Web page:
Panch Rathas is a monument complex at Mahabalipuram. The coastal city along the shores of Bay of Bengal was a major seaport of the ancient Pallava kingdom. It is currently one of the magnificent UNESCO World Heritage sites.
The Panch Rathas are five rock marvels in the monument complex. It is known for its, 'rathas' or monolithic rock temples cut out in the form of chariots. Constructed from multiple materials, the monolithic structures have bas-relief sculptures carved on it. The five Ratha temples stand majestically on the southernmost extreme of Mahabalipuram. Pallava ruler Narsimha Varman 1 (AD 630- 68) built the majestic architecture in the 7th and 8th centuries.
The Five Rathas are named after the legendary Pandavas, Yudhistara, Arjuna, Bhima, Nakula & Sahadeva and their wife Draupadi. The statues of an elephant (the vehicle of Indra), lion (the vehicle of Durga) and Nandi bull (the vehicle of Shiva) are displayed along with the rathas. Though these temples are named after the Pandava brothers, they are not related to Mahabharata. The Rathas were built as models of South Indian temples. As they were not consecrated, therefore were not used for worship. Most of them remain incomplete but enchanting in their own way. The architectural elements gives a lovely impression of the remarkable architecture of the Pallavas.
Dharmaraja Ratha (Yudhisthir’s Ratha)
Shaped like a characteristic vimana (tower above the shrine) of Southern India of its times, Dharmaraja Ratha it the most magnificent and tallest of the Five rathas, with three storeys, though most of it remains incomplete.
The shrine is devoted to Shiva and is adorned with one of the best examples of early Pallava art. Very beautiful are the Shiva figures on the corners of structure. Dharmaraja Ratha contains engravings in Pallava Grantha script of the titles of Narasimhavarman I. Inscription mentions that this was created as Shiva temple of Atyantakama Pallava. Especially fascinating is the sculpture of Lord Shiva in the form of Ardhanariswarar which is half man, half women.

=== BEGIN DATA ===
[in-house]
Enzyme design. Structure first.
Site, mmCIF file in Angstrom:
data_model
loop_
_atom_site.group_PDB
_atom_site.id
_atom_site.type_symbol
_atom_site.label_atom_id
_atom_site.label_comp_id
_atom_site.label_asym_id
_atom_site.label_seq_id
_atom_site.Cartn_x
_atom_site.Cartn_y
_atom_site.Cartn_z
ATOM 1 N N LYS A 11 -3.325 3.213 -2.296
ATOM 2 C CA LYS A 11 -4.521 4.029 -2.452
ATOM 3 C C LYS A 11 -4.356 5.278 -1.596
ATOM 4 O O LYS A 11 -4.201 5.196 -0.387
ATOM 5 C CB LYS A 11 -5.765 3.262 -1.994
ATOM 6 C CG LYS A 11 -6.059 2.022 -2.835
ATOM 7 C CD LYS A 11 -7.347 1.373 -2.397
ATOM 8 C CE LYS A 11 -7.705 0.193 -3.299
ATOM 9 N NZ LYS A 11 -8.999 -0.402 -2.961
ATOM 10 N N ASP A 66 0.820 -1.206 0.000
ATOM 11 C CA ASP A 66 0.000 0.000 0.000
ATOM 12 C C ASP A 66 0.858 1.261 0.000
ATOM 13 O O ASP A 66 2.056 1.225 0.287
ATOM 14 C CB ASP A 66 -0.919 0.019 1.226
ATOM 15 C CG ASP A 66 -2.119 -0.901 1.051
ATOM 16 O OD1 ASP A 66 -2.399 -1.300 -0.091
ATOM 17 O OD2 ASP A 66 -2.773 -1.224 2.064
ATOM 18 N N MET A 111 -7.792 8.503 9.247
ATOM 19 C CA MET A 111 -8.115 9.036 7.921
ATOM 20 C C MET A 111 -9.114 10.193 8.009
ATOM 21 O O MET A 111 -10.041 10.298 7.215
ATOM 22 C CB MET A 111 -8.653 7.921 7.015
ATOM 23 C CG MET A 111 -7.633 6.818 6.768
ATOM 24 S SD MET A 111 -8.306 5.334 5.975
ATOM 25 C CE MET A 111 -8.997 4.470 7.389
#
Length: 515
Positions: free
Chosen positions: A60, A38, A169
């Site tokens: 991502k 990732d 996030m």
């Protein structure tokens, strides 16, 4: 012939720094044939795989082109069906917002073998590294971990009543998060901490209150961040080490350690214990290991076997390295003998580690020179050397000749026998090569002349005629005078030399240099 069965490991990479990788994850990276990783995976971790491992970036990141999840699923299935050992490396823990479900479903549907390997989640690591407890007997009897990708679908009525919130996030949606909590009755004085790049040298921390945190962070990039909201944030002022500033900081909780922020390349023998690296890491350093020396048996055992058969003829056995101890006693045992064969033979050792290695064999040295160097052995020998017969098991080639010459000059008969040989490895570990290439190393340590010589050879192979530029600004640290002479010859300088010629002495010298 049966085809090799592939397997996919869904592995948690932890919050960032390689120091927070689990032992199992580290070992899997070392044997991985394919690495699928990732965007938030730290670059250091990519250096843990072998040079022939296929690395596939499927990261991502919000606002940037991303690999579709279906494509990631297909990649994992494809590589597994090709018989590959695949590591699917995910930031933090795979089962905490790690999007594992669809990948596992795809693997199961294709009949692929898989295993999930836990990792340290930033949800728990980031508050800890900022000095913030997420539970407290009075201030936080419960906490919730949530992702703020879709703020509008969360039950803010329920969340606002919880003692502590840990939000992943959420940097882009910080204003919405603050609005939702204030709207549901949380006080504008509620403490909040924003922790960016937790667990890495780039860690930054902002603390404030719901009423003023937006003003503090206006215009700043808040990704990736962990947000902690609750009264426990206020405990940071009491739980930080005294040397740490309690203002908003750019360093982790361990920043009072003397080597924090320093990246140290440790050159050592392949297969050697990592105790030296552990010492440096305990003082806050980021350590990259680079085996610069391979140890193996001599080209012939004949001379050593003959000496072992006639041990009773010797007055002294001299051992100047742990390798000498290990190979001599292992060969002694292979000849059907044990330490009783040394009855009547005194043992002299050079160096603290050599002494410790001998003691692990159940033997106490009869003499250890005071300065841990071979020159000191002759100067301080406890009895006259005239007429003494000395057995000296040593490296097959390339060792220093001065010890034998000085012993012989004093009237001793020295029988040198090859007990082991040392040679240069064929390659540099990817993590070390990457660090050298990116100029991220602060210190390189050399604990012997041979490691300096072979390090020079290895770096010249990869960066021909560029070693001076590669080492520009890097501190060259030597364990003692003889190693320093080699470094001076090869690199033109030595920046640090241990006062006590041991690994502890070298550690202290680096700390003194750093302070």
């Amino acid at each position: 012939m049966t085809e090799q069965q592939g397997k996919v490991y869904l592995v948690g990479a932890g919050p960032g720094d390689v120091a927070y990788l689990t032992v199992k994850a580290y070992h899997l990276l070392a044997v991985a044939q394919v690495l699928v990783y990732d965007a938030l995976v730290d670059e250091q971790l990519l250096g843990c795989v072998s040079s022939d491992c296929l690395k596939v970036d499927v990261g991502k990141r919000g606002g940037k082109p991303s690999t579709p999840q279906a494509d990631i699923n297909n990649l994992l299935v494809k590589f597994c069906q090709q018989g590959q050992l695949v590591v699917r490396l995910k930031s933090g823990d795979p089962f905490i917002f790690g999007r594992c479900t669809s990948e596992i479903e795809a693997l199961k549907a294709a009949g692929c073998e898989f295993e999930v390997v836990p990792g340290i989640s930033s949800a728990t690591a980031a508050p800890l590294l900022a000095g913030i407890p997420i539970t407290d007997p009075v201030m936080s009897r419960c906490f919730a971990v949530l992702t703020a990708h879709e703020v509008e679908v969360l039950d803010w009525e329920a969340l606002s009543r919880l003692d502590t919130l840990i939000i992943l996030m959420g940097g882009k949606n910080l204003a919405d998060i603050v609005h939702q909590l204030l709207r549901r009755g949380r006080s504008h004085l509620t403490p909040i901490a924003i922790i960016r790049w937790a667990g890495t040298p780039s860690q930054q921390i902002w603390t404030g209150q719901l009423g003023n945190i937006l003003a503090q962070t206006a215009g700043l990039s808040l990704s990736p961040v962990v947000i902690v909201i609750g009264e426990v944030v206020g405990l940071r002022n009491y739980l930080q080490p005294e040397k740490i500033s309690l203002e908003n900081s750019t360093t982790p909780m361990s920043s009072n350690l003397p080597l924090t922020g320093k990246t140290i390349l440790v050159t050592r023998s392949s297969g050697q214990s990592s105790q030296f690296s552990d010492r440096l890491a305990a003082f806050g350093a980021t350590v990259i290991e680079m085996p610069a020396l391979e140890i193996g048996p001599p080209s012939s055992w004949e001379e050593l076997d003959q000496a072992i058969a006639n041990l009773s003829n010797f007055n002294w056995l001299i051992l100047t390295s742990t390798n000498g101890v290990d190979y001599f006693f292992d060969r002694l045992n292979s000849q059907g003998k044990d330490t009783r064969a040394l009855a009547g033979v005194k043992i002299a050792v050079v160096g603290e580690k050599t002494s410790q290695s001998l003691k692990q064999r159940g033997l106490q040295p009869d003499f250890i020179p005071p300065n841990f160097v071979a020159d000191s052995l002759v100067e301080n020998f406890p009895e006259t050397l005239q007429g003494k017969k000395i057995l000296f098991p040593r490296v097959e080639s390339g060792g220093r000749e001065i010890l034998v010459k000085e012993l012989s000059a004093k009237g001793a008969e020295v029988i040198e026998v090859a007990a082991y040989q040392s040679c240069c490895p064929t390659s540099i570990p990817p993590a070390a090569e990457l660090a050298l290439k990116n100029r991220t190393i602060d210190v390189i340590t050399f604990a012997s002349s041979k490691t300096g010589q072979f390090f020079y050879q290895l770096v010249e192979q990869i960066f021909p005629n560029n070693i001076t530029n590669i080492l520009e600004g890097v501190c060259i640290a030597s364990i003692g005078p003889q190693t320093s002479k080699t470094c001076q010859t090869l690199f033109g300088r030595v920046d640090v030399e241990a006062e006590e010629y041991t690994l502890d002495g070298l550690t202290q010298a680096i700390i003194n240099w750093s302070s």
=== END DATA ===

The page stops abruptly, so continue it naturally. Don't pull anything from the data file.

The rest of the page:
The longest of Five Rathas, the 12.8 m long, 7.3 m wide, 7.6 m high structure is built in Gopura style with gabled roof. It is said to be devoted to Anantshayi Vishnu as a large bas relief of Vishnu in the form of Sayanamurti is located inside. The building remains unfinished but fascinating. The sanctuary has a circumambulatory passage around it. Pillars of the shrine are adorned with figures of lions.
The Arjuna Ratha is devoted to Lord Shiva. Shaped like a small wooden shrine, the distinctive style in Southern India, it is an impressive building. Inside the shrine there are no embellishments, but the exterior is has interesting details. The facade is adorned with magnificent sculptures, showing gods and humans.
Nakula Sahadeva Ratha
This shrine is devoted to Indra and is associated with elephants. This ratha is the only one which is not placed in a "procession", it stands aside. The roof of this shrine is also shaped like a back of elephant. The relief sculpture of Ardhanariswara adorns the walls whereas columns and pillars are decorated with seated lions.
The Draupadi Ratha is the smallest of Panch Rathas. This shrine is shaped like a thatched hut, with a square roof. It is devoted to goddess Durga and has amazing artwork. The fine carved panel, which shows Durga on a lotus pedestal is marvelous. Outside, above the entrance door, is carved a sea-monster. The most interesting sculpture is Devi Durga standing on a head of the demon Mahishasura.
Entry Timings : 6.00 am to 6.00 pm
Entry Fee : INR 10 for Indian citizens; INR 250 for other, no fee for visitors below age 15.
No fee for still photography, INR 25 for videography.